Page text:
The association between the use of nonsteroidal anti-inflammatory drugs (NSAIDs) and acute myocardial infarction (AMI) is unclear. Nonsteroidal anti-inflammatory drugs vary in their antithrombotic properties, with naproxen having a particularly effective antithrombotic potential.
To compare the effect of naproxen vs other NSAIDs in the prevention of AMI in an older population.
Population-based, matched case-control study. Patients (aged ≥65 years) in Quebec had been hospitalized for AMI between January 1, 1992, and December 31, 1994. The admission date for AMI was considered the index date. Control subjects were randomly selected from a Quebec drug and physician claims database. For each case, a control was matched with the same index date, age (within 2 years), and sex. Cases and controls were required to have at least 1 year of pharmaceutical and medical records before the index date to identiify risk factors for AMI and exposure to naproxen or other nonaspirin NSAIDs. Concurrent exposure to a medication was defined as exposure to that medication at the index date. Logistic regression analyses were used to evaluate the association between the use of naproxen and other NSAIDs in the prevention of AMI, adjusting for potential confounders.
Included in the study were 4163 cases and 14 160 controls. Determinants (adjusted odds ratios [95% confidence intervals]) of AMI included use in the prior year of anticoagulants (0.76 [0.64-0.90]), nitrates (2.01 [1.86-2.17]), antidiabetic agents (1.72 [1.56-1.90]), antihypertensive agents (1.36 [1.28-1.45]), and lipid-lowering agents (0.83 [0.75-0.91]), as well as concurrent exposure to naproxen vs other NSAIDs (0.79 [0.63-0.99]).
Compared with other NSAIDs, concurrent exposure to naproxen has a protective effect against AMI.
NONSTEROIDAL anti-inflammatory drugs (NSAIDs) are effective for the management of inflammatory and arthritic conditions and have been one of the most widely used classes of drugs worldwide.1-5 In vivo investigations have shown a beneficial effect of other NSAIDs on platelet functions,6 suggesting that these agents may prevent the thrombotic complications of cardiovascular diseases, such as myocardial infarction (MI).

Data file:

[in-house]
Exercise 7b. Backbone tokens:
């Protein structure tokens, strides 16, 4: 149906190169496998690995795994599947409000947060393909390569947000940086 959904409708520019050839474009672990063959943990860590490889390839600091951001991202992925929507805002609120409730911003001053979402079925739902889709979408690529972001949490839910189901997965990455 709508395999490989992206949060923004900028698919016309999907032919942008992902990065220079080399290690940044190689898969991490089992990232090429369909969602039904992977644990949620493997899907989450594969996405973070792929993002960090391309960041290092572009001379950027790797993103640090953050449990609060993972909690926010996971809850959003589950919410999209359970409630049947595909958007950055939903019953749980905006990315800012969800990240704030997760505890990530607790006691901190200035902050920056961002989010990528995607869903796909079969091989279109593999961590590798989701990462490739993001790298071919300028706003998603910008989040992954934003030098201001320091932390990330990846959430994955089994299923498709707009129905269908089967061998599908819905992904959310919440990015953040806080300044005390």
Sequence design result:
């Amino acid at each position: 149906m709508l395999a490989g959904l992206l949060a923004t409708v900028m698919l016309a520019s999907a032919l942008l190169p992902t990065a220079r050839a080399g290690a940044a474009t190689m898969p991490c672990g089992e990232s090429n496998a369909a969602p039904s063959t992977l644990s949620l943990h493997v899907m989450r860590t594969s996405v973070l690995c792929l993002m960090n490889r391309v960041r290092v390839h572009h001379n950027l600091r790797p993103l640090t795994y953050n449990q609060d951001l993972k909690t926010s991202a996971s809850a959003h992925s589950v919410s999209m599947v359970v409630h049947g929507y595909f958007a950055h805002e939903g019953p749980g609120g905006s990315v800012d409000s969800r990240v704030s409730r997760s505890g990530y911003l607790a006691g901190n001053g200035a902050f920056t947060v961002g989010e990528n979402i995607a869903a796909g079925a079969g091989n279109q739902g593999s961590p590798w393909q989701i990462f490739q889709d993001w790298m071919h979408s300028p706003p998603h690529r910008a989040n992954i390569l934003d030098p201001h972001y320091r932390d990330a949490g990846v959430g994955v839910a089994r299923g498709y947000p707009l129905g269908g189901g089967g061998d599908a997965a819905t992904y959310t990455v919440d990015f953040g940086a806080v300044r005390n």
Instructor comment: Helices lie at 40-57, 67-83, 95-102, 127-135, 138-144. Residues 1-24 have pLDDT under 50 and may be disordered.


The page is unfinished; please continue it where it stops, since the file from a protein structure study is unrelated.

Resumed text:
The cyclooxygenase-2 (COX-2) inhibitors, or coxibs, form a group of agents that have the anti-inflammatory effect of NSAIDs, with a lower potential for causing upper gastrointestinal toxicity.7-14 Coxibs have been associated with MI7,15; however, this association remains controversial.16 The hypothesis that naproxen is a stronger antiplatelet agent compared with other NSAIDs has been suggested in a study7 comparing rofecoxib with naproxen.
Given the widespread use of coxibs and NSAIDs among older populations, it is important to examine, at the population level, the association between naproxen and other NSAID exposure and hospitalization for acute MI (AMI). Government health plan databases, such as the database of the Quebec Health Care Fund administered by the Régie de l'assurance maladie du Québec (RAMQ), Quebec City, are a source of patient-specific data.17
The objective of this study was to compare the effect of naproxen vs other NSAIDs in the prevention of AMI in older persons.
In Quebec, all persons aged 65 years or older are eligible for health care coverage by RAMQ. The fund covers the costs of prescription drugs, outpatient physician visits, and other medical services offered in private clinics or hospitals. The RAMQ database has been described in detail elsewhere.17,18